While leaving the overlaps alleviates the alignment problem, there are several drawbacks and therefore reasons to minimize the amount of overlap. For example, the overlap causes the channel to be longer than otherwise would be necessary, which in turn limits the reduction in size of the overall structure. The TFT source to drain current is proportional to the ratio of the channel width to the channel length. Reducing the overlaps shrinks the length of the transistor, and thus provides more room for other components that may be required for an eventual device.
Furthermore, and perhaps most importantly, parasitic capacitance is established between the source/drain electrode material and the gate material in the areas of overlap. This parasitic capacitance results in feed-through voltage. When the TFT is incorporated into a display backplane to control a display pixel, this may result in inadvertent turning on of the pixel. This uncontrolled behavior results in image flicker (inaccuracy in the Off-to-On transition of the TFT), and sticking (inaccuracy in the On-to-Off transition of the TFT) in the case of a display device. In the case of a sensor device, parasitic capacitance results in readout noise.
Further, due to variations in the substrate, resolution of the lithography, alignment of the lithographic mask and other factors, the overlap may vary from TFT to TFT in an array. Such variance thus permits a variance in feed-through voltage from TFT to TFT. More simply stated, the plurality of TFTs in the array will have a range of different performance factors.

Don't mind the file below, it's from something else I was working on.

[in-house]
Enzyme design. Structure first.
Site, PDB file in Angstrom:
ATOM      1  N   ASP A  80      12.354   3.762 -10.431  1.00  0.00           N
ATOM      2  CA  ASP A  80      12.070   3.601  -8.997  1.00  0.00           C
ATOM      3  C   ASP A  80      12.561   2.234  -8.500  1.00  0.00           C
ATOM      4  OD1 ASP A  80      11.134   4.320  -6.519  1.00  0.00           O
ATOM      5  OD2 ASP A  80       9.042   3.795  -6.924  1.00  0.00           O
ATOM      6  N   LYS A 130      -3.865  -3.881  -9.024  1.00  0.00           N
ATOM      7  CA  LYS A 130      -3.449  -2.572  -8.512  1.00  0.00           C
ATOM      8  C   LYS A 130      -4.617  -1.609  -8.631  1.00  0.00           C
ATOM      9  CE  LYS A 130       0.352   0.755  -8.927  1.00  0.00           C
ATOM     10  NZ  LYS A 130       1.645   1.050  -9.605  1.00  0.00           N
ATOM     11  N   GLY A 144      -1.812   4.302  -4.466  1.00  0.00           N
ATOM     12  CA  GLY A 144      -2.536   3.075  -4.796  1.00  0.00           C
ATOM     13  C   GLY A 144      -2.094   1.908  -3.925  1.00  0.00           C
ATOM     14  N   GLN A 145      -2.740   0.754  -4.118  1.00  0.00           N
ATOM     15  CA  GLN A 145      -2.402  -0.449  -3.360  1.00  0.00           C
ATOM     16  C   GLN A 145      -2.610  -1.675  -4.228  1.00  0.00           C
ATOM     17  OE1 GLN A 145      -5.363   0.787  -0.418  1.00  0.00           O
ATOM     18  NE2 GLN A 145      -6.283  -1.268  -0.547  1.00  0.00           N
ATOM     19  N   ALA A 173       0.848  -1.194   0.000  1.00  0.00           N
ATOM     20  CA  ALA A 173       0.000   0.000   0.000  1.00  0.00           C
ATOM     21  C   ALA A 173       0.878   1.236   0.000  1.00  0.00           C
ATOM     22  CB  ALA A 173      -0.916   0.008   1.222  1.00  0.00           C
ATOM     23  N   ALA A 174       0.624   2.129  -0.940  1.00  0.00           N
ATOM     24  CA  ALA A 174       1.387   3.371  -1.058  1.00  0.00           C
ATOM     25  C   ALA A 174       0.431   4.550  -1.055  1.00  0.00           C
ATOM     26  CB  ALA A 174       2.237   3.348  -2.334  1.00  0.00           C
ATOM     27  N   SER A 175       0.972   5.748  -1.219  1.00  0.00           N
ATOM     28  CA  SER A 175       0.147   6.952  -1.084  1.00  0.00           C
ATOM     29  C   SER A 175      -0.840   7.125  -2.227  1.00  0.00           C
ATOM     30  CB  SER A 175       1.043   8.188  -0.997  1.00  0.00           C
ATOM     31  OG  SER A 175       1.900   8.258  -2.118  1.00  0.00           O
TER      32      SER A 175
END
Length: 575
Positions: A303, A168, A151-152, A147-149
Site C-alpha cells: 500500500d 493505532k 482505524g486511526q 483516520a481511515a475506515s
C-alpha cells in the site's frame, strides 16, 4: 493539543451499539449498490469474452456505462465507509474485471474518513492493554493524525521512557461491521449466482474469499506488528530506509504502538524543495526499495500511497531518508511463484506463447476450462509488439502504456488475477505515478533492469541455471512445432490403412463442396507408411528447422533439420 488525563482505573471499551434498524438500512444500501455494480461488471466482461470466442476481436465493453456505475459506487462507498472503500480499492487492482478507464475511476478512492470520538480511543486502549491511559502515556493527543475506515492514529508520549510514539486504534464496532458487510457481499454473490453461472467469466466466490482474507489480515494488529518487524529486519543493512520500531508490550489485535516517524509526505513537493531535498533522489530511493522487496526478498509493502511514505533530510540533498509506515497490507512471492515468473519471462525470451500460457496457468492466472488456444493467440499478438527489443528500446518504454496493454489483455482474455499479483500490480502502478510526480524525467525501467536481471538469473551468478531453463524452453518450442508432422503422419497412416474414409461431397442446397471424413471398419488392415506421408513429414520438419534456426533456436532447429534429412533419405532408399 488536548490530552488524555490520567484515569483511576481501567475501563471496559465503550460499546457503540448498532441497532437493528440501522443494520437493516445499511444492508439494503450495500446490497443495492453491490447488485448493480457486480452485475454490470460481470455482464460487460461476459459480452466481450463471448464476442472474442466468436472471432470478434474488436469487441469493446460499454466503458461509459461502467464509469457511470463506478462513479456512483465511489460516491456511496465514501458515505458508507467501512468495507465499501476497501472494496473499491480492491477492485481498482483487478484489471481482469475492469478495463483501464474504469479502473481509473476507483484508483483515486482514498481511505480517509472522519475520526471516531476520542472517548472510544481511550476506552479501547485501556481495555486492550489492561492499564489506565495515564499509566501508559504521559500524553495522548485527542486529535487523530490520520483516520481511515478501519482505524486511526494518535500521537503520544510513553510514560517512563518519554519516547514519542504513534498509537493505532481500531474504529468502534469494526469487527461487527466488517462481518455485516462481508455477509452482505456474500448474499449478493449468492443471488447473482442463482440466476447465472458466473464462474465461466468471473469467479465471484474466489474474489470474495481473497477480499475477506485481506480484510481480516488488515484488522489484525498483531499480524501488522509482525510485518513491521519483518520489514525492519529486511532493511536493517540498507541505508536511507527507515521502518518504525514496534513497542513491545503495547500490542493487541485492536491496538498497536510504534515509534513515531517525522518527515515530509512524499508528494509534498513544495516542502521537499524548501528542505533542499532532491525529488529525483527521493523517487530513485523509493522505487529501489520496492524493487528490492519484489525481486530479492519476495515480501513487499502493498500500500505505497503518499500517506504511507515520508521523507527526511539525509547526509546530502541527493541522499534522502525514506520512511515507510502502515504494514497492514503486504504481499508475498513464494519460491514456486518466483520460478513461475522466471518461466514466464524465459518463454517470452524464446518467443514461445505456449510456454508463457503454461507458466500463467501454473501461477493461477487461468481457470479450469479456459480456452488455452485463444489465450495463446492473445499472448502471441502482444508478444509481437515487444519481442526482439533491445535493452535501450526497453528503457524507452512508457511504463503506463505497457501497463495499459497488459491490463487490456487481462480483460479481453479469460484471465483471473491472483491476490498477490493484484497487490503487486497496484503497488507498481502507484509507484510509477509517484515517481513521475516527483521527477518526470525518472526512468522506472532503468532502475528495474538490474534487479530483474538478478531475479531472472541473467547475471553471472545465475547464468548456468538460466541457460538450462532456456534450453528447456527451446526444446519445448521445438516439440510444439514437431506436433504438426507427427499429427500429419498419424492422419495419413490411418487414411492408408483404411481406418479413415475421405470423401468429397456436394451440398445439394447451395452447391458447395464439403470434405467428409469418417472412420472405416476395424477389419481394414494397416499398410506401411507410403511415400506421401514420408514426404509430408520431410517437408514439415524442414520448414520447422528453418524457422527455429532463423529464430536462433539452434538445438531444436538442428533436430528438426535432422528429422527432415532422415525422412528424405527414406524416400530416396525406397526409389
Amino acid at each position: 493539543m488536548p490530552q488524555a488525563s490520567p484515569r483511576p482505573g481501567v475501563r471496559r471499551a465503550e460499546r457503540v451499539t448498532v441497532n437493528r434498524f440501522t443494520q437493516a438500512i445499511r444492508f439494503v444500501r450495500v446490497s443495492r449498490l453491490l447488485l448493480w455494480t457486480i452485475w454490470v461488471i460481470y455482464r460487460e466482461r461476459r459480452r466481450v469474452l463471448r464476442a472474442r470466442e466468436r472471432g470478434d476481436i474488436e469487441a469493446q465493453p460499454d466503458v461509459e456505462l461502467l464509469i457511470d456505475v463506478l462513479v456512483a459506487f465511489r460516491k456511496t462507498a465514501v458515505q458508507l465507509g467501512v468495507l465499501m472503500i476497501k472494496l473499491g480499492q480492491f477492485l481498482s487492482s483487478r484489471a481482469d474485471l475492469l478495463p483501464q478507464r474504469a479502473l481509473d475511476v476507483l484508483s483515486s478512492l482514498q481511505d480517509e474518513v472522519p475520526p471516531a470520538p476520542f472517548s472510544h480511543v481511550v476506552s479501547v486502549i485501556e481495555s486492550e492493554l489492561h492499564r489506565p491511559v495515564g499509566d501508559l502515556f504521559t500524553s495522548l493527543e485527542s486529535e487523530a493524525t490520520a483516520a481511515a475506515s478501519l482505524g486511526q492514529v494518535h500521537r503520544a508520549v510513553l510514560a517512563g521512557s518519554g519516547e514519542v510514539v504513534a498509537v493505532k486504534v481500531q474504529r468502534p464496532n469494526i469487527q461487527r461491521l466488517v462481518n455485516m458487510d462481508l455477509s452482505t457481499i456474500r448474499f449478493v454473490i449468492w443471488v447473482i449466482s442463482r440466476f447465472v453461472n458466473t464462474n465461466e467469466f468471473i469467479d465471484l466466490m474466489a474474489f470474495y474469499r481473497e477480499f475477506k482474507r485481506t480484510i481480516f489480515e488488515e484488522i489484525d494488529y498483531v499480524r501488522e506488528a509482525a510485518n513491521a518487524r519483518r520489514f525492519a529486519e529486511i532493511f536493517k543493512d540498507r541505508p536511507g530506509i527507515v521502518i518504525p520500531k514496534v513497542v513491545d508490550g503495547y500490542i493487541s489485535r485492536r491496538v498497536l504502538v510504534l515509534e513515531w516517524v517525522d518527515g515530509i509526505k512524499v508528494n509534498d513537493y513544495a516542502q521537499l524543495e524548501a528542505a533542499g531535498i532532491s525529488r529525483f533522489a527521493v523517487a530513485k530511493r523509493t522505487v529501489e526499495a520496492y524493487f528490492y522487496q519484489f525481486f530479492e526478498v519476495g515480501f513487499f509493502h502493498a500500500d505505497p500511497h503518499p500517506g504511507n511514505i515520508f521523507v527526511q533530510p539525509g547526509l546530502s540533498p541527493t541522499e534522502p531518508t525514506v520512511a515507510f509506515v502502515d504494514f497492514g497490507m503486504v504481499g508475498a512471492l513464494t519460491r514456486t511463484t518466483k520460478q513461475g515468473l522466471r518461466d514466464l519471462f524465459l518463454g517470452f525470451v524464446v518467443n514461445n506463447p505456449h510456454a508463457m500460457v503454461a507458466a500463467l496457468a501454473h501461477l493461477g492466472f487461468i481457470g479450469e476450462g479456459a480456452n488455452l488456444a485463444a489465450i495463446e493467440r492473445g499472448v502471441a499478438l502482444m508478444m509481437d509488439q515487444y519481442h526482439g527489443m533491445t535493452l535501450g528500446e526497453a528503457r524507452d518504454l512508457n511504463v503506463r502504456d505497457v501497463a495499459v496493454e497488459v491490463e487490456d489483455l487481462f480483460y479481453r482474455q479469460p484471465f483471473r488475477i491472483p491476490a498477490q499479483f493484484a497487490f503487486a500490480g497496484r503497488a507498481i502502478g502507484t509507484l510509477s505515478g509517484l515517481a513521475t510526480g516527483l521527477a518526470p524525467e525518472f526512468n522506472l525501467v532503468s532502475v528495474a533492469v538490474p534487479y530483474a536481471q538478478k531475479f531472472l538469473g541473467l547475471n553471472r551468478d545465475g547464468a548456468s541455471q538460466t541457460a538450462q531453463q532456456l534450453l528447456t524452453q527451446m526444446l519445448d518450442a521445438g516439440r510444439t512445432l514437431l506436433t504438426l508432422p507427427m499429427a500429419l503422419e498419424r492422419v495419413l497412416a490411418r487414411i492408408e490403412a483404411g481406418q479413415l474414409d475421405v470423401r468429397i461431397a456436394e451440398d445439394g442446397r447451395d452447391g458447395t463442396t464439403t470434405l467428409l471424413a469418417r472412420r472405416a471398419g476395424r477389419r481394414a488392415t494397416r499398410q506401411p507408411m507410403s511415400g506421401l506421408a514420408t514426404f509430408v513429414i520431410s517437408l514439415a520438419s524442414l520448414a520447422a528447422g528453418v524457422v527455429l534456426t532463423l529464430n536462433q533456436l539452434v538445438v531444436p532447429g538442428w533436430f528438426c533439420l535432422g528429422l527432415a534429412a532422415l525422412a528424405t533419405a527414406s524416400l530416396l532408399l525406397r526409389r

Photolithography is a precise process applied to small substrates. In part, this small-scale application is due to the high cost of the photo masks. For the fabrication of larger devices, typically, rather than employing a larger and even more costly photo mask, a smaller mask is repeatedly used—a process that requires precise alignment.
As a photolithographic process typically involves multiple applications of materials, repeated masking and etching, issues of alignment between the thin film layers is of high importance. A photolithographic process is not well suited for formation of thin film devices on flexible substrates, where expansion, contraction or compression of the substrate may result in significant misalignment between material layers, thereby leading to inoperable thin film devices. In addition, a flexible substrate is not flat—it is difficult to hold flat during the imprinting process and thickness and surface roughness typically cannot be controlled as well as they can in glass or other non-flexible substrates.
The issue of flatness in photolithography can be a problem because the minimum feature size that can be produced by a given imaging system is proportional to the wavelength of the illumination divided by the numerical aperture of the imaging system. However, the depth of field of the imaging system is proportional to the wavelength of the illumination divided by the square of the numerical aperture. Therefore, as resolution is increased, the flatness of the substrate quickly becomes the critical issue.
With respect to the flat screen displays introduced above, use of flexible substrates for the internal backplane controlling the pixels is often desired. Such a flexible substrate can provide a display with flexible characteristics. A flexible substrate may also be easier to handle during fabrication and provide a more mechanically robust display for the user.
Hence, there is a need for a process to provide at least one thin film device that overcomes one or more of the drawbacks identified above.